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South America

Provides selected South America resources from agencies and organizations with an interest in the prevention, control, or eradication of invasive species.


  • Galápagos Conservancy Ramps Up Efforts to Combat Invasive Species, Including the African Land Snail

    • Jul 2022
    • Galápagos Conservancy.

    • Invasive species are one of the most dire threats to the endemic flora and fauna of the Galápagos Islands. One of the most aggressive species is the Giant African Snail (Lissachatina fulica), which was reported for the first time in Galápagos in 2010 and is a highly invasive species that appears on the International Union for Conservation of Nature’s (IUCN) list of the 100 most harmful invasive species in the world. Galápagos Conservancy President Dr. Paul Salaman recently signed a new agreement with the Galápagos Biosecurity & Quarantine Regulation & Control Agency (ABG) to strengthen control actions and prevent the spread of the African snail on the islands.

  • Study Confirms Invasive Lionfish Now Threaten Species Along Brazilian Coast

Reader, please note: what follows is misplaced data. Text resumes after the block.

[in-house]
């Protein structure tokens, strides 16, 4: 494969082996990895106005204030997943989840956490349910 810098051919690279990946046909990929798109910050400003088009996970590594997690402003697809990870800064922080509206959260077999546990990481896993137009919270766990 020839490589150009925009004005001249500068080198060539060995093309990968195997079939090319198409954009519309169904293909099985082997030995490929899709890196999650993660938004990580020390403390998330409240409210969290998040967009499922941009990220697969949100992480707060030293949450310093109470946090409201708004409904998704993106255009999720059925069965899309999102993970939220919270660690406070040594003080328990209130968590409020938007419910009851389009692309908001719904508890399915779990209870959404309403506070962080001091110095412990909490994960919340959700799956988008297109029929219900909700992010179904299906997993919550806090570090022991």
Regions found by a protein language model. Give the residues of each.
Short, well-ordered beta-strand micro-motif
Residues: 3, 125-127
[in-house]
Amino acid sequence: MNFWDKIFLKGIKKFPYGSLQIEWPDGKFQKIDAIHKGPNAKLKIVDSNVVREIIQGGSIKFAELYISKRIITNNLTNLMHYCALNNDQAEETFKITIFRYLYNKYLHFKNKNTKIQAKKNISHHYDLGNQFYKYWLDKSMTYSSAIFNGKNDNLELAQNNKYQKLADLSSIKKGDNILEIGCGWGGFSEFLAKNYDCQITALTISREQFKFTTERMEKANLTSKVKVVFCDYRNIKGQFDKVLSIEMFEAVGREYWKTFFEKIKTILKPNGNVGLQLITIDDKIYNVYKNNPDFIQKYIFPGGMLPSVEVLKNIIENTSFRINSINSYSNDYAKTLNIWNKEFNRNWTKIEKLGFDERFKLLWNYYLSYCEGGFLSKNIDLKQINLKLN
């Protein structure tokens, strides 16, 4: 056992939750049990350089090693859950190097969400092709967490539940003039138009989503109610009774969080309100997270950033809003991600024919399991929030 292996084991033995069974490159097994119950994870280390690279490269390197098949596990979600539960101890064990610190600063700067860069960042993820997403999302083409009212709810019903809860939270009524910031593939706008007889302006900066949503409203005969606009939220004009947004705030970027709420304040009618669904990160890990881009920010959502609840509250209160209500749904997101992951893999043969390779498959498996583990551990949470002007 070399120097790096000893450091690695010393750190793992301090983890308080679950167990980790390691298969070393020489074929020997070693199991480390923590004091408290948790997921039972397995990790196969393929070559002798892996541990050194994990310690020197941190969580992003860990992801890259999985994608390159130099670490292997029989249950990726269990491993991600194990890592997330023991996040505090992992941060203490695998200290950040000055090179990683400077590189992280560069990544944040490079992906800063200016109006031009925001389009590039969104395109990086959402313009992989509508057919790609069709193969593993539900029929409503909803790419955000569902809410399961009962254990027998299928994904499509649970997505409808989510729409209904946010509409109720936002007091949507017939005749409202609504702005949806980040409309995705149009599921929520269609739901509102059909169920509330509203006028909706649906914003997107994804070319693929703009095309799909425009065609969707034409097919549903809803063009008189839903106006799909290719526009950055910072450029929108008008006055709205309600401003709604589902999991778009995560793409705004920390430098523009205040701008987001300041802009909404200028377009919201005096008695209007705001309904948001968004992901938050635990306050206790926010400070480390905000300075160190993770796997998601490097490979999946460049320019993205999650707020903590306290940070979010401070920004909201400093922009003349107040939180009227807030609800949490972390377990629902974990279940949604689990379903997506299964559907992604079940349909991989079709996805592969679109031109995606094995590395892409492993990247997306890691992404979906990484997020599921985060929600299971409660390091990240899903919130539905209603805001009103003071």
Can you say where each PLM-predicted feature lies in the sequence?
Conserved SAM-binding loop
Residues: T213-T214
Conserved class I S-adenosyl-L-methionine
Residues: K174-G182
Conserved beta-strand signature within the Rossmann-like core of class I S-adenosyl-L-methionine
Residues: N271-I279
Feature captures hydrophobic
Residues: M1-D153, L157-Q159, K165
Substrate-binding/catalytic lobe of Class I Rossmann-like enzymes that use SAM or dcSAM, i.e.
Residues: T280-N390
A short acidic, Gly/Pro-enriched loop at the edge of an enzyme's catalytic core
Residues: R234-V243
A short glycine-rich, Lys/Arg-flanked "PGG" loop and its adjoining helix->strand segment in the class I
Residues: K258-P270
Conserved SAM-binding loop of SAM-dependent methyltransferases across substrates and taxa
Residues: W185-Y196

• Jun 3, 2021
    • California Academy of Sciences.

    • Since arriving to the northern Atlantic Ocean less than 30 years ago, lionfish have quickly become one of the most widespread and voracious invasive species, negatively impacting marine ecosystems—particularly coral reefs—from the northeast coast of the United States to the Caribbean Islands. In a new study, an international research team including the California Academy of Sciences presents four new records of lionfish off the coast of Brazil, confirming the invasion of the predatory fish into the South Atlantic for the first time.

  • Galápagos Islands Have 10 Times More Alien Marine Species Than Once Thought

    • Mar 28, 2019
    • Smithsonian Environmental Research Center.

    • More than 50 non-native species have found their way to the Galápagos Islands, over 10 times more than scientists previously thought, reports a new study in Aquatic Invasions published Thursday, March 28. The study, a joint effort of the Smithsonian Environmental Research Center, Williams College, and the Charles Darwin Foundation, documents 53 species of introduced marine animals in this UNESCO World Heritage Site, one of the largest marine protected areas on Earth. Before this study came out, scientists knew about only five.

Selected Resources

The section below contains highly relevant resources for this location, organized by source.

  • Brazil National Invasive Alien Species Database

    • Inter-American Biodiversity Information Network (IABIN). I3N Invasive Species Network. Horus Institute for Environmental Conservation and Development.

  • Galapagos Invasive Species

    • Hawaiian Ecosystems at Risk; Charles Darwin Foundation; Galapagos National Park; Ecuadorian Agricultural Health Service in Galapagos; Galapagos National Institute.